Last modified Thu, 31 Oct, 2013 at 8:57
Stanford engineers develop fuel cell that can deliver record power-per-square inch at record-low temperatures
Bumpy redesign of solid oxide membrane offers more surface area for reaction and leads to better performance.
Faster. Smaller. Cooler. Nanotechnology researchers love adding -er to words. Professor Fritz Prinz of the Nanoscale Prototyping Laboratory at Stanford School of Engineering admits that he’s rather fond of -est.
Prinz led a team of engineers that created a solid oxide fuel cell capable of delivering the most power-per-square inch yet developed, at record-low temperatures.
Last modified Mon, 18 Nov, 2013 at 11:34
Research could aid development of more energy-efficient electronic devices.
Working with a metal oxide that shows promise for future generations of electronic devices, IBM and SLAC scientists have shown that they can precisely control the temperature at which it flips from being an electrical conductor to an insulator – and thus functions as an electronic switch.
Last modified Wed, 20 Nov, 2013 at 12:31
Stanford students' solar-powered car places fourth in international race across the Australian outback
Luminos, the solar car built by Stanford students, crossed the Australian outback in five days, finishing fourth overall in the World Solar Challenge. Stanford was the first American team to the finish line and notched the team's best result in decades.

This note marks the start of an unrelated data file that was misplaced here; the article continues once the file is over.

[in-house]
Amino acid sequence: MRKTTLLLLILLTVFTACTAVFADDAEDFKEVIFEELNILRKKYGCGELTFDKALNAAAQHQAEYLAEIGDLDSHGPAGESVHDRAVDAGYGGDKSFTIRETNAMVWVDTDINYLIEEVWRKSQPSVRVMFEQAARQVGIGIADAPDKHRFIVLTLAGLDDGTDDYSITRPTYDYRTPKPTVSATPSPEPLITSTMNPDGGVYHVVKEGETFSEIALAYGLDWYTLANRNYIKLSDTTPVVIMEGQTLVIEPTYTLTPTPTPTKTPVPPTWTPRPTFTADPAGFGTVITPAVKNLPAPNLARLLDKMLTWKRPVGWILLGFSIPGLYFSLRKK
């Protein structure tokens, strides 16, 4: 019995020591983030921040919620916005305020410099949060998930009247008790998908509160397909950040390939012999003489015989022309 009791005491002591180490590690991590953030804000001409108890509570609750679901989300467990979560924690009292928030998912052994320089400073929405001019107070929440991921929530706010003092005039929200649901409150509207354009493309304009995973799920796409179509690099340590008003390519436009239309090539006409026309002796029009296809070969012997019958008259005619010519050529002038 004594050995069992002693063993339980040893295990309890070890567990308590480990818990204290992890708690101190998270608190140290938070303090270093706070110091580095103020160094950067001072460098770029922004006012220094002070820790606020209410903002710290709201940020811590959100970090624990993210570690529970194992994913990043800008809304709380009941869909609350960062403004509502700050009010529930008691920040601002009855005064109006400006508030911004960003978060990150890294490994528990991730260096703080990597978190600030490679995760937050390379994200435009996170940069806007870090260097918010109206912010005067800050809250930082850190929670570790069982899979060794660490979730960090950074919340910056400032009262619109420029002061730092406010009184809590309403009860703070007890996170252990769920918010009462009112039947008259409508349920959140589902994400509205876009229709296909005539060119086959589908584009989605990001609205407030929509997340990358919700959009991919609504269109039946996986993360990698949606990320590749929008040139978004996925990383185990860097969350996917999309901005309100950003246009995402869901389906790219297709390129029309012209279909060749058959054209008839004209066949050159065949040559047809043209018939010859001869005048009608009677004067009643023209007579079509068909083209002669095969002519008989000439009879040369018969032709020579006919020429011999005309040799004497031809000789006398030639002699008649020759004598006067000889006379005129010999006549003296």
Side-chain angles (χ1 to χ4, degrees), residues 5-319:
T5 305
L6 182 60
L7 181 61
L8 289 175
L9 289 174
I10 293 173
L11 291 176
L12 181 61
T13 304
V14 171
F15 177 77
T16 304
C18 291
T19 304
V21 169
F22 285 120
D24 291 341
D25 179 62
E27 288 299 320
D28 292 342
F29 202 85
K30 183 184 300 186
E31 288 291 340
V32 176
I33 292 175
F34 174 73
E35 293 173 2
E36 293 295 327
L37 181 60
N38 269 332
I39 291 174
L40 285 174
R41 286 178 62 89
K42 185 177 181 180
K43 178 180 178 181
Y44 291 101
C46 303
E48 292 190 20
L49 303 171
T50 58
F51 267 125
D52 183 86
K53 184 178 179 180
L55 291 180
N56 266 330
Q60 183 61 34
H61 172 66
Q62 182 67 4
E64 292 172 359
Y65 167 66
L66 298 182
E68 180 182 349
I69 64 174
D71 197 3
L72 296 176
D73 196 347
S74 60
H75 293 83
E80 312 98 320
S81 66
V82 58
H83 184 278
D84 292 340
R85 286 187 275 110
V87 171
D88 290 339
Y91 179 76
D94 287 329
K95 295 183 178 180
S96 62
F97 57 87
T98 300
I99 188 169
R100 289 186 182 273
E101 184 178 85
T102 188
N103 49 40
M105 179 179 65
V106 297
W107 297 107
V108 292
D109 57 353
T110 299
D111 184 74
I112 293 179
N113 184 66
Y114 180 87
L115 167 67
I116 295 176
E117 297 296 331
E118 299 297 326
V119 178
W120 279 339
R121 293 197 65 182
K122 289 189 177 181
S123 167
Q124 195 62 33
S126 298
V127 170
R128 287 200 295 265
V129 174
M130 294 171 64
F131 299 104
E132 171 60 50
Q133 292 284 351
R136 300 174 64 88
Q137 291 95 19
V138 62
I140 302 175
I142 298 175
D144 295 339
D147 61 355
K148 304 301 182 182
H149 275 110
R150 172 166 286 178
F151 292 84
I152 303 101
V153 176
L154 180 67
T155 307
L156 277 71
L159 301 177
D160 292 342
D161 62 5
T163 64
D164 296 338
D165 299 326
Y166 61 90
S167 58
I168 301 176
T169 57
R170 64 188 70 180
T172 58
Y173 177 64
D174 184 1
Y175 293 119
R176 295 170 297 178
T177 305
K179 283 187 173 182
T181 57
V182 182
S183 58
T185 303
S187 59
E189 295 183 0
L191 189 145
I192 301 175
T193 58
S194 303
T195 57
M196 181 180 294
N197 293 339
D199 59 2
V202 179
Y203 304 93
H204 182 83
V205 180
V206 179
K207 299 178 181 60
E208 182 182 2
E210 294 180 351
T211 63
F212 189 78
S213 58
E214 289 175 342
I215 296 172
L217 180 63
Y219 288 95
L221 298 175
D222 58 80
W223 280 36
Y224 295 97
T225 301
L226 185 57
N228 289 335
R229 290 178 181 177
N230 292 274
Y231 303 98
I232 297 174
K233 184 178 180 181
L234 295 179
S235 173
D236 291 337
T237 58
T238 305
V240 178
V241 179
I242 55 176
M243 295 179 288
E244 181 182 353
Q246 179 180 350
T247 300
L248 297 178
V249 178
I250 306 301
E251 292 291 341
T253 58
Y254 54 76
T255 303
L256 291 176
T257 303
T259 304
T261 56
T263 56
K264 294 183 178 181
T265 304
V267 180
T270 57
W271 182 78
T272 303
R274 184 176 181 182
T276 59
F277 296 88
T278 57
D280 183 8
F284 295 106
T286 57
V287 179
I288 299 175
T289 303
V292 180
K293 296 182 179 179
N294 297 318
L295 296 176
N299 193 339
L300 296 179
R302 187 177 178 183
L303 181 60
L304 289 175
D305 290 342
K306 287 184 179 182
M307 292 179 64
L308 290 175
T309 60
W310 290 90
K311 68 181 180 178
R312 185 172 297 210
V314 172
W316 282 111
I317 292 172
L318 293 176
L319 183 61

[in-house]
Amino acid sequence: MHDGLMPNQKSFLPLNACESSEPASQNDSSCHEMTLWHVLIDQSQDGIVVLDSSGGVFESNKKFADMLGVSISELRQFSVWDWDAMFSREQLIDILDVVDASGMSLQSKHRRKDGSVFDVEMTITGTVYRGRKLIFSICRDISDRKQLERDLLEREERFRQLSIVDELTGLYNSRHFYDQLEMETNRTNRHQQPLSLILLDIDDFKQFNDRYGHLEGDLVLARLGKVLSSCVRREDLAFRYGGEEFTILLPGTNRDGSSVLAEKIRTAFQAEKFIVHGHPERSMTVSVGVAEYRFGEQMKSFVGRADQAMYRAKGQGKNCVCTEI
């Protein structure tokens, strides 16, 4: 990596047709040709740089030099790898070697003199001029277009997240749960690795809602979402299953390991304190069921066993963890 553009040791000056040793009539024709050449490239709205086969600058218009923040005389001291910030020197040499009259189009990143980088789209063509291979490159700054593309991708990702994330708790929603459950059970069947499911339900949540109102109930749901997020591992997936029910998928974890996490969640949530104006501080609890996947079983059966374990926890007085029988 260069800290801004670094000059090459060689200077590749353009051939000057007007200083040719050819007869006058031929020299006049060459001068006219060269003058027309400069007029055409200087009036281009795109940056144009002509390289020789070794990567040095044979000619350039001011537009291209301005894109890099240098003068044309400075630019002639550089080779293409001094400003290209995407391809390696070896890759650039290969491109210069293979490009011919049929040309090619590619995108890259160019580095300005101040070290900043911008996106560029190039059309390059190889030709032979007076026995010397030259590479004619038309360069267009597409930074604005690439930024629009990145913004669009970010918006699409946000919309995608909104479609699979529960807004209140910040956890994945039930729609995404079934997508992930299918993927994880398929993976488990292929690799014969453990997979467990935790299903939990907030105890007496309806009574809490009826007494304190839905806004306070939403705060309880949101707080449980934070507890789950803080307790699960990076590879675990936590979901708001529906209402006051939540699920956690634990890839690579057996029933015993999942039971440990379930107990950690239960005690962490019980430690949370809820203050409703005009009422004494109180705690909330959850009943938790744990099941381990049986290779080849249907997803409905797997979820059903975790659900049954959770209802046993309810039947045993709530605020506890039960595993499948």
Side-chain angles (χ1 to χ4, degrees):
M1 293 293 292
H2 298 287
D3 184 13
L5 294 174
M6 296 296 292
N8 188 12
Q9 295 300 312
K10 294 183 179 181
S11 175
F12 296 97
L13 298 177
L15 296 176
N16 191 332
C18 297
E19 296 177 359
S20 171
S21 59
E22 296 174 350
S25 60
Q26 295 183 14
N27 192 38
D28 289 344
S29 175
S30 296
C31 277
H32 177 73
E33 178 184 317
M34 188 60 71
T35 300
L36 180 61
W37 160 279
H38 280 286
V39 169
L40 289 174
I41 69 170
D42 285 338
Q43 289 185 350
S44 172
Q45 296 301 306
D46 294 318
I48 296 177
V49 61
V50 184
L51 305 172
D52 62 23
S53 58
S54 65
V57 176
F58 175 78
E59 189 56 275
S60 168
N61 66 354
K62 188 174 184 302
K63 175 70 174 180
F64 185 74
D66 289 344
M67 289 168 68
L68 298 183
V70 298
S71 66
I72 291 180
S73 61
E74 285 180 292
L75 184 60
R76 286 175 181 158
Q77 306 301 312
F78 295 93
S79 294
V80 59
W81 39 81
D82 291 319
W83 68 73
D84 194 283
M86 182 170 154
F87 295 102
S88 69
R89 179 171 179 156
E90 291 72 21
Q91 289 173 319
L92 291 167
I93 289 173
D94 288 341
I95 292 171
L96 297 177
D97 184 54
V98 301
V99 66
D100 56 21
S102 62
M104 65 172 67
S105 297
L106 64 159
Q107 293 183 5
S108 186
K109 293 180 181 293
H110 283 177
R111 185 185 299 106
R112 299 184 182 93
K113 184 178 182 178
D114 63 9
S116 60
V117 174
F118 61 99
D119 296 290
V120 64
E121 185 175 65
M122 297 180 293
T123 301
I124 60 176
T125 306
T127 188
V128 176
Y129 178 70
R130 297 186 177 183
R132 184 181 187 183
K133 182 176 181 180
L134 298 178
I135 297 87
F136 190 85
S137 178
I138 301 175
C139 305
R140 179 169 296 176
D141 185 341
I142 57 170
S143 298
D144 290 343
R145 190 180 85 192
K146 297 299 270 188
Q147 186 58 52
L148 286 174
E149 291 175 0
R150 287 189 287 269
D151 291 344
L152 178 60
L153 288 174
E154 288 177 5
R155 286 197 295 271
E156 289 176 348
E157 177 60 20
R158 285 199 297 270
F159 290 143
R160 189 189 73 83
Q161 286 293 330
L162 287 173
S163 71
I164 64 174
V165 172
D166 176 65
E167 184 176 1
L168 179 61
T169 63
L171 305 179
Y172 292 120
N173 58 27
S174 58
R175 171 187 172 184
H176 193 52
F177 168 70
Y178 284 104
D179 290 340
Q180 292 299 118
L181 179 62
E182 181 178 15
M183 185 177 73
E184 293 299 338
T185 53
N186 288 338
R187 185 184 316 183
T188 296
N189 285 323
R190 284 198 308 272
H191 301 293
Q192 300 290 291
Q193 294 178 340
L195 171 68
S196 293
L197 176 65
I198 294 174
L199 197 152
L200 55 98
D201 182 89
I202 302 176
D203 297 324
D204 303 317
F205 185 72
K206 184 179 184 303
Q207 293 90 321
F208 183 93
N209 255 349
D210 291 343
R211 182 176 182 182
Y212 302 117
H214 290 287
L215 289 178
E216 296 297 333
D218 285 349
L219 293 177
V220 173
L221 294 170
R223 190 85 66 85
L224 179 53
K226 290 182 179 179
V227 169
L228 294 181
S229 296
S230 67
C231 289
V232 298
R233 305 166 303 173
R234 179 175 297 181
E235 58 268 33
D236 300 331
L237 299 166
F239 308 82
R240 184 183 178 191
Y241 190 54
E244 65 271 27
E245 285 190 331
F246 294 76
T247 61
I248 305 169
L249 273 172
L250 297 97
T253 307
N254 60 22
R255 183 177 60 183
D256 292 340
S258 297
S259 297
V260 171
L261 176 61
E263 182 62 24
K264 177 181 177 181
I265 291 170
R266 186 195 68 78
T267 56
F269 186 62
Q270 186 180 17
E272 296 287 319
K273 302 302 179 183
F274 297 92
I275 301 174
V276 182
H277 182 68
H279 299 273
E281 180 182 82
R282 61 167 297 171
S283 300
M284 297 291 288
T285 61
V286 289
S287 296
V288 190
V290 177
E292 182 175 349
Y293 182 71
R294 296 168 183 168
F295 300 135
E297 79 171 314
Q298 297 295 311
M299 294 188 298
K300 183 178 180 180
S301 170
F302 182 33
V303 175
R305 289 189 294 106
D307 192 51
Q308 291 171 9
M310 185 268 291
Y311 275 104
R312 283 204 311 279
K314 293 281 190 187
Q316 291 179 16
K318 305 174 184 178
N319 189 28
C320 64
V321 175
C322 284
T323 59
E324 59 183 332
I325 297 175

After five grueling days and 2,000 miles on the road, Stanford students jumped for joy as Luminos, their handmade solar racecar, rolled to the finish line of the Bridgestone World Solar Challenge in Adelaide, Australia.
Luminos was the fourth solar-powered car to complete the international race across the Australian outback – a contest designed to encourage innovation in solar-powered car design – and the first American finisher.
Last modified Tue, 5 Nov, 2013 at 9:02
Interdisciplinary team creates 'microbial battery' driven by naturally occurring bacteria that evolved to produce electricity as they digest organic material.
Engineers at Stanford University have devised a new way to generate electricity from sewage using naturally-occurring “wired microbes” as mini power plants, producing electricity as they digest plant and animal waste.
Last modified Thu, 14 Nov, 2013 at 15:02
Thirteen middle school teachers came to Stanford to learn about nanotechnology and to develop hands-on activities to use in their classrooms.
After a lecture on nanofabrication, Maria Wang, associate director at Stanford's Center for Probing the Nanoscale, handed out white paper, boxes of colored crayons, thick black crayons and pipette tips.
It was time for a hands-on activity to illustrate the lesson for the class: science teachers from throughout California who are enrolled in the center's Summer Institute for Middle School Teachers.
Last modified Thu, 1 Aug, 2013 at 12:04